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A bit of backstory: six years ago, my mom was diagnosed with end stage renal failure after not having kept her diabetes in check her whole adult life. We found this out right after moving out of our family home after her and my dad's divorce. We lived together for three years, and I was everything in a caretaker that I could be: taking her to dialysis, watching what she ate, it was all pretty simple at first. She decided to move out on her own after tensions started building between us, and her health quickly started to deteriorate. Due to complications with her disease, she has since had her foot and a finger amputated, suffered a severe heart attack, and has overall heart problems. She is fairly dependent on others for living as she is confined to a wheelchair and doesn't do any sort of exercise to keep up her strength.


She had to have a follow-up surgery on her amputated leg about a month ago and has been at a nursing home/ assisted living facility since for rehab and care.


Due to some divorce agreements, my mother had come into quite a bit of money upon my dad refinancing their house and basically buying her out of her part of it. Not enough to live on forever, but enough that she now has a sizeable savings. That, combined with my mother's insurance terminated and subsequently refiled for after she moved out of state, has led her to be inelligible to reapply. We have had lawyers involved but no one seems to think there is anything we can due to get her reinstated with insurance.


As of now, she is still at her long term care facility, but racking up quite a bill (we were hoping insurance would back-pay when everything got sorted) with no possibility of insurance. She needs constant care and help with daily living habits (i.e. going to the bathroom, dressing, showering). The facility said that the only real option, however, is that my mother moves in with me.


I am 28 years old. Between coming home to be supportive of my younger sister during our parents' divorce to taking care of my mother for several years, I have put my own life on hold. I have yet to finish school for various reasons, but a major factor being that I keep taking time off to help with everyone else's needs. I feel like my life hasn't been my own for the past six years. And now, just as I put my foot down last year and tell my mother that I am unable to take care of her, she is shoved right back at me with even more problems than before. I feel like a failure of a daughter, but the thought of her living with me again is nearly unbearable. There doesn't seem to be any other option, though, and I feel backed into a corner. This will not be a healthy situation for either of us, but I don't see what else there is to do!


If anyone has any advice on any sort of actions that I could look into, they would be greatly appreciated.


I have been taking care of my mother off and on for the past six years and it has greatly impacted my life in negative ways. She is currently ineligible for Medicare/Medicaid but needs a place to live that provides care. It has been recommended that she and I find a place to live, but I don't know that I can handle all her needs and am looking for advice.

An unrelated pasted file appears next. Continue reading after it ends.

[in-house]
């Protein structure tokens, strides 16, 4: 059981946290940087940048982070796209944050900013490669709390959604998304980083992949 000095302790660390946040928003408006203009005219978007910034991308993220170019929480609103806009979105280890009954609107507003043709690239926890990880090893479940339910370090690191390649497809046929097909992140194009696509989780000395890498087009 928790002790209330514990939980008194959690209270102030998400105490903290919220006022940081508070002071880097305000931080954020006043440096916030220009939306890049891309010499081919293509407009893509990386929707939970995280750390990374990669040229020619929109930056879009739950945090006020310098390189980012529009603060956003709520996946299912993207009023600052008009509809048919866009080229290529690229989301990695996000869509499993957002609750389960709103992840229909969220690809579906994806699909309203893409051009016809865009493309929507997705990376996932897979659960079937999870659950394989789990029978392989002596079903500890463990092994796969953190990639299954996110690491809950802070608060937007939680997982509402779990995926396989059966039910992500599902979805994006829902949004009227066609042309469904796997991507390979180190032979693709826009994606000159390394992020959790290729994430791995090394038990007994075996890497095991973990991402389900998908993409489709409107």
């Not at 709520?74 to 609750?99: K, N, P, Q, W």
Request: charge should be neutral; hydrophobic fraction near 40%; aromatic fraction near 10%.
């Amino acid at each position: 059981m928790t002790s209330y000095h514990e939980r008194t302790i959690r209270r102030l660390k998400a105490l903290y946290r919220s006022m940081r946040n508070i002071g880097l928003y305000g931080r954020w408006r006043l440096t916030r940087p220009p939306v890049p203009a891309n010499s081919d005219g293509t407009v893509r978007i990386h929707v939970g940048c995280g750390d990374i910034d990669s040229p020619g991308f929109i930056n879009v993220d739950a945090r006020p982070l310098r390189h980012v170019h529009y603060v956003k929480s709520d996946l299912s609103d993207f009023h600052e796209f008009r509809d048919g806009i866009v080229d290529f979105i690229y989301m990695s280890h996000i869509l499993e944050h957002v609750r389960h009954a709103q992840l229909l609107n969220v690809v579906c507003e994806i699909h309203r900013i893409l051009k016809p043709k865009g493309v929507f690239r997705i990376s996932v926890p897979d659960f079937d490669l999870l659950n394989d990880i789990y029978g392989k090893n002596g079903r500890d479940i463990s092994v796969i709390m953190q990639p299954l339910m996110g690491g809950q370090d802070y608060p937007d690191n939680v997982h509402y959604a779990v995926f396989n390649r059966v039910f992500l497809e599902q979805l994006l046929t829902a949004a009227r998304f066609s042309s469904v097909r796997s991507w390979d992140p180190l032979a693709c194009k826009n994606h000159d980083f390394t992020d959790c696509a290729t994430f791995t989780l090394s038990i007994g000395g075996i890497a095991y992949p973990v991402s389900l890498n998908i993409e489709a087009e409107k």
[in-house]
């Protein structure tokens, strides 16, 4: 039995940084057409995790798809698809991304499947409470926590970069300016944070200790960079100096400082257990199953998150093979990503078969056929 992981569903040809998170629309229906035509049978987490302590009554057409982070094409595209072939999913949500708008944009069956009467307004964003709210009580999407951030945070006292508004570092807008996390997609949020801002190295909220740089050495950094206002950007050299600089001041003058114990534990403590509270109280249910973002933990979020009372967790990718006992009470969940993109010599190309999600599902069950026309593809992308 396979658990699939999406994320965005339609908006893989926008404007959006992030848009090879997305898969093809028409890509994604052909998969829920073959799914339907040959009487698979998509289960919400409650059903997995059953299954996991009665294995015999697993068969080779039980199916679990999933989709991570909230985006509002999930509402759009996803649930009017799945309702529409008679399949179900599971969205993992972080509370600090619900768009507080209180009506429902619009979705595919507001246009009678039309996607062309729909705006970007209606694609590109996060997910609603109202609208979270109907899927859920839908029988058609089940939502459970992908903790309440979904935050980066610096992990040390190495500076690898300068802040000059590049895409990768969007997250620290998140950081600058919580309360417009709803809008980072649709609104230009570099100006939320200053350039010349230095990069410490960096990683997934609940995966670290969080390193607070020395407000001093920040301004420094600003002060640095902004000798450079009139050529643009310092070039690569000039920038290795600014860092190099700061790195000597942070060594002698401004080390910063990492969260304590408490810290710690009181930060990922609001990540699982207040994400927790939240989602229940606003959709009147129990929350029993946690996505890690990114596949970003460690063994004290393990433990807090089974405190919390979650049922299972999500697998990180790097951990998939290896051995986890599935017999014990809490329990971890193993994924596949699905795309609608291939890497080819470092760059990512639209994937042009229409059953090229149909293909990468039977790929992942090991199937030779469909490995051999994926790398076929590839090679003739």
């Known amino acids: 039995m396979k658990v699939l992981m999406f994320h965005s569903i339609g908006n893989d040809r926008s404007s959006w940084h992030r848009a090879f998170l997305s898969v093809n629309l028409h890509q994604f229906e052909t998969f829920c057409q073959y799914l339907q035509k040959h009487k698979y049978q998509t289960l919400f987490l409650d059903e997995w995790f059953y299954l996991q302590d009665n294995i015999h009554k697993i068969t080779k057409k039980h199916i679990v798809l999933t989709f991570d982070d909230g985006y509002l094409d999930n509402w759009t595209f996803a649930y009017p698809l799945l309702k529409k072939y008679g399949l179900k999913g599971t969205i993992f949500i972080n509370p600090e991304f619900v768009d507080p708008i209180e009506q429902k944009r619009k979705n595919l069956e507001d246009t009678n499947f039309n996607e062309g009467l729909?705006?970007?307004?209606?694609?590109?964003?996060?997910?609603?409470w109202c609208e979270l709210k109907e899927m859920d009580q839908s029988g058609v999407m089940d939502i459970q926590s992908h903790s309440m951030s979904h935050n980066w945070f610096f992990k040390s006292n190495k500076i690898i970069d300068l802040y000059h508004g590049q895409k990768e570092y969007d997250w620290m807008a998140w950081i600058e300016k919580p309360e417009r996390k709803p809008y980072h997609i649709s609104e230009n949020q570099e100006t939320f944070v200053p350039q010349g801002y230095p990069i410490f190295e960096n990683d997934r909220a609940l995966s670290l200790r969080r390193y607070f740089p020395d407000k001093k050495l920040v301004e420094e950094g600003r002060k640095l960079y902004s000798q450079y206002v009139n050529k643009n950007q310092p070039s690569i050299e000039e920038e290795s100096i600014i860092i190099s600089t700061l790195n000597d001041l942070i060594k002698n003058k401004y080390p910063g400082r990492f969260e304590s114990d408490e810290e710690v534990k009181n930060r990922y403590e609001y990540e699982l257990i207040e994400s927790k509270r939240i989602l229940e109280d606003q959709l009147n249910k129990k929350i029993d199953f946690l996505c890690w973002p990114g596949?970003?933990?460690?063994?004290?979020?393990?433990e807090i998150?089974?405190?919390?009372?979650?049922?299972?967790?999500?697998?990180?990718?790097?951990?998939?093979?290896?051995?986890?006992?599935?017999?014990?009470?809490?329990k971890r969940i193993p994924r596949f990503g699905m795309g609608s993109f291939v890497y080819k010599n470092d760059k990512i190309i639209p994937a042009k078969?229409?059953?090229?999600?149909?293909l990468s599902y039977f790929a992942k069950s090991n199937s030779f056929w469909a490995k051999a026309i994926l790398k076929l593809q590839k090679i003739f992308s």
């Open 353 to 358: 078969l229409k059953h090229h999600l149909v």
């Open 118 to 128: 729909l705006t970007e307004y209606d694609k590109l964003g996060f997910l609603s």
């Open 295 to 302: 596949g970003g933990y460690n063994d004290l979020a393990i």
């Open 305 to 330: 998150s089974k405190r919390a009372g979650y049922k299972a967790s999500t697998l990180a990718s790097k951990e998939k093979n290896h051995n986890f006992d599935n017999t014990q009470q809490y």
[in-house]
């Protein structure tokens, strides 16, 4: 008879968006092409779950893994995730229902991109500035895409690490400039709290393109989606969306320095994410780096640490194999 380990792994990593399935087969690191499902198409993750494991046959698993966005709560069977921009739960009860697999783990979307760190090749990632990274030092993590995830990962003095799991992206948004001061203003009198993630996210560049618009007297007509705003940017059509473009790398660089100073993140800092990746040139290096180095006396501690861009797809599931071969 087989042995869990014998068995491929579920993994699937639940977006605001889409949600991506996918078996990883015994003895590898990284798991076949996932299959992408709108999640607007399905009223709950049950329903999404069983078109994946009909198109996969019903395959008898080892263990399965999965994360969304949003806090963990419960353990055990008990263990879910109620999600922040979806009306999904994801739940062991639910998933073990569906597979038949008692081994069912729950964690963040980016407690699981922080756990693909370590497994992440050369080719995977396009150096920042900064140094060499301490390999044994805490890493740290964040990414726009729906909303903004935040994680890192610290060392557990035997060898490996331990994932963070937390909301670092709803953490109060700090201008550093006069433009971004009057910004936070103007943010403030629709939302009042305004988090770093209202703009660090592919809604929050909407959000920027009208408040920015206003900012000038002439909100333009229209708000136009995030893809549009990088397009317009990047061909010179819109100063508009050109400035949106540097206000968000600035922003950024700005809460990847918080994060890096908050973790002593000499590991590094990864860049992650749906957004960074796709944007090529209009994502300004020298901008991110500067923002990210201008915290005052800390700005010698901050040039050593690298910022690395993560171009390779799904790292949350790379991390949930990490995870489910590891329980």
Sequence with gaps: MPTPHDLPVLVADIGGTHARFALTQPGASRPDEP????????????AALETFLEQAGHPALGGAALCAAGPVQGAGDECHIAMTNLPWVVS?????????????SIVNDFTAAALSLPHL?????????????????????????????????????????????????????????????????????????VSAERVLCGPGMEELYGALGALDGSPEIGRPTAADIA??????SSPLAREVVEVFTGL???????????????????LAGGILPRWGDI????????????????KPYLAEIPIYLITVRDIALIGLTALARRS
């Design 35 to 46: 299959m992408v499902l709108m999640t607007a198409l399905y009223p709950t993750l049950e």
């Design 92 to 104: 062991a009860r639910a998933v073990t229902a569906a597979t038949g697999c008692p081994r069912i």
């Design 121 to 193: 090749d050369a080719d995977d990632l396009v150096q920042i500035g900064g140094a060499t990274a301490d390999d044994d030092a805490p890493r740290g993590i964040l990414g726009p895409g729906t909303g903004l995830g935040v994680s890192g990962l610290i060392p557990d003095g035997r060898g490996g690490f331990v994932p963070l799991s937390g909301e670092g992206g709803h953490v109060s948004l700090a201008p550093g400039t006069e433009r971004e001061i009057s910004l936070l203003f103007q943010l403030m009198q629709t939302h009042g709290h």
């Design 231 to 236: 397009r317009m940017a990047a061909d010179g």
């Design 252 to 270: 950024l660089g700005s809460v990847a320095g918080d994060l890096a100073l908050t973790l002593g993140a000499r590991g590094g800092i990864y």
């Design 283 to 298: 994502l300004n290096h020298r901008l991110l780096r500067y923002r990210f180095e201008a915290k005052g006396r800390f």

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You shouldn’t need legal advice about this. The insurance is a dead duck – they are clearly treating your mother as a new insurance issue, and her risks are much higher now than they were in the past when she took out the old policy. The facility will now need to be private pay, until your mother is eligible for Medicaid or Medicare again. Does the facility understand that your mother can pay? They (and the first lawyers) may have got tied up in the insurance issue, because it sounds unlikely that they would want her to leave if they know she has the money to pay.

It may be remotely possible that Medicaid will want to be repaid all the money that they paid out in the past, before your mother got the inheritance. If that’s the rule, it will cope with the spend-down issue straight away, so it may not be too disastrous anyway. Contact Medicaid and ask. They know their own rules better than most lawyers. Otherwise your mother spends down until she is eligible again. As Mstrbill says, it’s a good idea for her to be in a facility where eventually she can be a Medicaid resident.

Try your question on a friend first – this is complicated, and I certainly didn’t get the real picture initially. Make sure that you are making the situation clear when you ask.
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Reply to MargaretMcKen
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Kirsten - I feel for the situation you're in. No, you don't have to take her to live with you, and nobody can force you to do it. Of course the facility wants to find a solution for her, since they can't keep her there indefinitely, but that doesn't mean you have to take her. Keep in mind that she could live for many years in her disabled state, and her care needs are likely to only increase as she gets older. As long as she has funds to pay for her care, let her stay where she is or have her moved to another facility that has a bed for her.

I'm not clear on what you said about your mother's insurance. Do you mean medical/health insurance, long-term care insurance, or publicly funded benefits such as Medicare or Medicaid. I don't think anyone can advise you about the possibility of reinstatement until it's clear what kind of coverage she had that has now lapsed.
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Reply to CarlaCB
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KirstenS Feb 27, 2020
I'm sorry for the lack of clarification, yes, she had both Medicare and Medicaid. She did not have any long term health insurance, but that might be something we look into.